Early clinical trial data has shown that patients with cancers driven by DNA damage repair (DDR) mutations can be safely treated with the PARP inhibitor olaparib and the WEE1 inhibitor adavosertib when given sequentially rather than concurrently.
Presenting results from the Phase Ib STAR trial to the 34th EORTC-NCI-AACR Symposium on Molecular Targets and Cancer Therapeutics in Barcelona, Spain, last week, Timothy Yap, Associate Professor of Investigational Cancer Therapeutics at The University of Texas MD Anderson Cancer Center, said that sequential dosing with the two drugs was a strategy that was safe and well-tolerated, with promising signs of anti-tumor activity in patients with a range of different cancers.
Yap told Inside Precision Medicine that preclinical and clinical trials conducted at MD Anderson and other cancer centers had previously shown that the concurrent administration of PARP and WEE1 inhibitors effectively inhibits tumor growth and leads to patient benefit, but the regimen is poorly tolerated, with anemia, neutropenia, thrombocytopenia, diarrhea, nausea, vomiting and fatigue among the side-effects observed.
To investigate the causes of such toxicity, Yap and colleagues carried out reverse translational research, which showed that concurrent treatment with PARP and WEE1 inhibitors induces replication stress, DNA damage, and abolishes the G2 DNA damage checkpoint in both normal and malignant cells.
“What was interesting was that following cessation of monotherapy with PARP or WEE1 inhibitors, the effects of these inhibitors persist, suggesting that the sequential administration of PARP and WEE1 inhibitors could maintain efficacy while ameliorating toxicity,” said Yap. “Strikingly, while the sequential administration mirrored concurrent therapy in cancer cells that have high basal replication stress, low basal replication stress in normal cells protected them from DNA damage and toxicity, thus improving tolerability while preserving efficacy in ovarian cancer xenograft and patient-derived xenograft models.”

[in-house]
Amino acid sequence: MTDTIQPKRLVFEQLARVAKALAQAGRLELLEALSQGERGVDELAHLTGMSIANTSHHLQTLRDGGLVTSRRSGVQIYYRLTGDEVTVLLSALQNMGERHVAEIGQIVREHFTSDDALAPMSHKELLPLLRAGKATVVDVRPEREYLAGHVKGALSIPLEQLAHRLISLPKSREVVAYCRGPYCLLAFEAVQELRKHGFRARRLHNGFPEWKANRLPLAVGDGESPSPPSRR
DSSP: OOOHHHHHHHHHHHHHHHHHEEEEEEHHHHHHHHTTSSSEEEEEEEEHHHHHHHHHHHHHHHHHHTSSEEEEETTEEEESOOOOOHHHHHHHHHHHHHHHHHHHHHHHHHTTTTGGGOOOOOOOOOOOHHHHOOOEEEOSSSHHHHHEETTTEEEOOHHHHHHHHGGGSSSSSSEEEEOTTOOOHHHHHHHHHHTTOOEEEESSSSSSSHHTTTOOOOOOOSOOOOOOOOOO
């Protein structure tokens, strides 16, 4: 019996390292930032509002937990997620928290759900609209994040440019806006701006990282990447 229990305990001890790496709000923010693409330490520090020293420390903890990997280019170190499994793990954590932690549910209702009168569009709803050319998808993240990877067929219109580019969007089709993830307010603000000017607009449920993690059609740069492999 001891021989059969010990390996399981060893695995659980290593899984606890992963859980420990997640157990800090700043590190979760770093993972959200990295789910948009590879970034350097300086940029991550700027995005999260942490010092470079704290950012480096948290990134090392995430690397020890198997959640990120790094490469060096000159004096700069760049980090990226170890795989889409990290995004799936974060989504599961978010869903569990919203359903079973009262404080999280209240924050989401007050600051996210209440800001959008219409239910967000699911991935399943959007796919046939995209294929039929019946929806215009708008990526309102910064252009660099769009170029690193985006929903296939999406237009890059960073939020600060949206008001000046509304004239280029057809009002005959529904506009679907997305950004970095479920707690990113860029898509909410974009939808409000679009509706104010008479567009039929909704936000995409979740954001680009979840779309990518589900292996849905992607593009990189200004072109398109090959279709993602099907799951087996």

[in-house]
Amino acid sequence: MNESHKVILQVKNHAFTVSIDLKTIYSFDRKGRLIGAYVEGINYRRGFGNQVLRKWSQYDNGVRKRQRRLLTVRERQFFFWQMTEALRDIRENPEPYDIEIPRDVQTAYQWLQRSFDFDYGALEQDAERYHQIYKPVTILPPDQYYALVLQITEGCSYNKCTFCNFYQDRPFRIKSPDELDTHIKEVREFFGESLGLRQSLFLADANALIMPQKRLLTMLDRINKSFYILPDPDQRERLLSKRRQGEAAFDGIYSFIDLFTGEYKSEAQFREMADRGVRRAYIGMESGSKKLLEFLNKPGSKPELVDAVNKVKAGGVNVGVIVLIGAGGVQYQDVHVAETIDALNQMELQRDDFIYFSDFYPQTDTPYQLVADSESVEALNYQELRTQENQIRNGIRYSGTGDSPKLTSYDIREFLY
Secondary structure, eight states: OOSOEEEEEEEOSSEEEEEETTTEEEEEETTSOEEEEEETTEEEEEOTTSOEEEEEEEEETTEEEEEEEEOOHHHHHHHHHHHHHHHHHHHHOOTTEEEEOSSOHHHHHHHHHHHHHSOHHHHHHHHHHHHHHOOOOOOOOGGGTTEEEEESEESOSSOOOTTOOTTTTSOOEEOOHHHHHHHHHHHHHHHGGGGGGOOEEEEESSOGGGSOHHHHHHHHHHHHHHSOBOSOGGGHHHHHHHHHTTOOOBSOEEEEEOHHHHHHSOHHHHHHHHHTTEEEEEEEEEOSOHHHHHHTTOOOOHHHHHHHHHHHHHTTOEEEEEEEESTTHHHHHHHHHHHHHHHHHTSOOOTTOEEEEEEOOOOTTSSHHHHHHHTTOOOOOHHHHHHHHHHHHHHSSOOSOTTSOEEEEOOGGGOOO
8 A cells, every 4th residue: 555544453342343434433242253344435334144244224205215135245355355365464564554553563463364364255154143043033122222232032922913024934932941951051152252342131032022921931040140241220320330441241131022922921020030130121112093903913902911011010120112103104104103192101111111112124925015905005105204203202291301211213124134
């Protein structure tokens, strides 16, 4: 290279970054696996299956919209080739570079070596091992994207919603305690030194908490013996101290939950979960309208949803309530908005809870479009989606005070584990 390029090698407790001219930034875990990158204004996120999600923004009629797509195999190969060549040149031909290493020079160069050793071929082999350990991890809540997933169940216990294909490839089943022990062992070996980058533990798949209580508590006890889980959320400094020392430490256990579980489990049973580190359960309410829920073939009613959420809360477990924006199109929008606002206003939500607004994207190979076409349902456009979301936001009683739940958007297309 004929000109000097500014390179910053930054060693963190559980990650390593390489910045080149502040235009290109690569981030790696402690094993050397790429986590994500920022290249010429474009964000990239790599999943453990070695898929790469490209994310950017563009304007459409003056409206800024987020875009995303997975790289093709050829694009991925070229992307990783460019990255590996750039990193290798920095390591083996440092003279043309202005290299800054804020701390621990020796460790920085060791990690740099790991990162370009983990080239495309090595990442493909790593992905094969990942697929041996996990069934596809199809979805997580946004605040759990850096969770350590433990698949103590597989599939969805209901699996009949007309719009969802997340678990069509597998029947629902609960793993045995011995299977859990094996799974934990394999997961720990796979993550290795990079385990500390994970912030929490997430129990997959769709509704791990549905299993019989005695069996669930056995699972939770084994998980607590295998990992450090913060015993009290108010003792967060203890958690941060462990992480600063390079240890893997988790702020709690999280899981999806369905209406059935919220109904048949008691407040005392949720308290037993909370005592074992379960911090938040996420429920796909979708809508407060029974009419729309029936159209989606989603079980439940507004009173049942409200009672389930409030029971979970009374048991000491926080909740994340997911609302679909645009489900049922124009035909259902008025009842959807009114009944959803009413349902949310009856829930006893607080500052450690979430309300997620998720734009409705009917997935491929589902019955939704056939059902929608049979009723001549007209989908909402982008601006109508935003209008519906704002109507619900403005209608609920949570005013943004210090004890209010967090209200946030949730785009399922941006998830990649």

These results gave the rationale for the Phase Ib Sequential Trial of Agents against DNA Repair (STAR) Study, which investigated the sequential combination of olaparib and adavosertib in 13 patients (mean age 50 years, 85% women) with DDR-aberrant advanced tumors. The cohort included five patients with breast cancer, five with ovarian cancer, and one case each of prostate, gastric, and bowel cancer. Ten of the patients had received three or more previous lines of chemotherapy, and seven had cancers that progressed during prior PARP inhibitor therapy.
The patients were given the treatments at two dose levels; for dose-level 1, three patients were given oral olaparib 300 mg twice daily on days 1–5 and 15–19 along with oral adavosertib 250 mg on days 8–12 and 22–26. Dose level 2 followed the same schedule but the adavosertib dose was increased from 250 mg to 300 mg for the 10 patients in this group.
The most common grade 1 or 2 toxicities encountered were nausea, which was reported in ten patients, anemia (n=7), fatigue (n=7), vomiting (n=7), and diarrhea (n=4). There were no dose-limiting toxicities but two heavily pretreated (≥5 prior lines) patients experienced non-dose-limiting grade 3 or worse myelosuppression. One patient needed a dose reduction.
Twelve participants were evaluated for tumor response, of whom three (25.0%) had a partial response to treatment and five (41.7%) had stable disease for 4 months or longer, giving a combined disease control rate of 66.7%.
Yap said that the findings provide “early clinical proof of concept for a novel sequential approach for the combination of PARP inhibitors with WEE1 inhibitors that is potentially effective with improved toxicity.”
“It also provides the blueprint for other related DDR drugs to be potentially combined safely with good tolerability and promising efficacy for patients with cancers where the mutations have been identified.”